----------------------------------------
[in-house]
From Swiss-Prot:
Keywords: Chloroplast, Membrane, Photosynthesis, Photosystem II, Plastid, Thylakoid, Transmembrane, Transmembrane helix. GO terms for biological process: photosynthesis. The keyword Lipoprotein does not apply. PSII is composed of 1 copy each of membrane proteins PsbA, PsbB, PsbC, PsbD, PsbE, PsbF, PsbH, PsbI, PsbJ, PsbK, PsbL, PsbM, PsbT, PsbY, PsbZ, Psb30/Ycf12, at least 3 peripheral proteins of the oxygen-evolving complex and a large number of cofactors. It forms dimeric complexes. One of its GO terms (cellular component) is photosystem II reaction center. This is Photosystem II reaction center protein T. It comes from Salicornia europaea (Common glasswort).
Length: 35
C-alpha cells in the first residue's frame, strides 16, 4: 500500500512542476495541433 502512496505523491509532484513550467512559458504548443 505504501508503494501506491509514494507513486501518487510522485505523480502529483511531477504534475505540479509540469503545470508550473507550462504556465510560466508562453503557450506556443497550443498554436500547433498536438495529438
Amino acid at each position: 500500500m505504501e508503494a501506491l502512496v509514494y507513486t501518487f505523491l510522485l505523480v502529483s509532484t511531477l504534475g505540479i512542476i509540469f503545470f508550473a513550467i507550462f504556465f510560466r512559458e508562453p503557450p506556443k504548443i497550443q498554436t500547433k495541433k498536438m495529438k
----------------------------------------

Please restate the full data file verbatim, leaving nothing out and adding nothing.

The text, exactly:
[in-house]
From Swiss-Prot:
Keywords: Chloroplast, Membrane, Photosynthesis, Photosystem II, Plastid, Thylakoid, Transmembrane, Transmembrane helix. GO terms for biological process: photosynthesis. The keyword Lipoprotein does not apply. PSII is composed of 1 copy each of membrane proteins PsbA, PsbB, PsbC, PsbD, PsbE, PsbF, PsbH, PsbI, PsbJ, PsbK, PsbL, PsbM, PsbT, PsbY, PsbZ, Psb30/Ycf12, at least 3 peripheral proteins of the oxygen-evolving complex and a large number of cofactors. It forms dimeric complexes. One of its GO terms (cellular component) is photosystem II reaction center. This is Photosystem II reaction center protein T. It comes from Salicornia europaea (Common glasswort).
Length: 35
C-alpha cells in the first residue's frame, strides 16, 4: 500500500512542476495541433 502512496505523491509532484513550467512559458504548443 505504501508503494501506491509514494507513486501518487510522485505523480502529483511531477504534475505540479509540469503545470508550473507550462504556465510560466508562453503557450506556443497550443498554436500547433498536438495529438
Amino acid at each position: 500500500m505504501e508503494a501506491l502512496v509514494y507513486t501518487f505523491l510522485l505523480v502529483s509532484t511531477l504534475g505540479i512542476i509540469f503545470f508550473a513550467i507550462f504556465f510560466r512559458e508562453p503557450p506556443k504548443i497550443q498554436t500547433k495541433k498536438m495529438k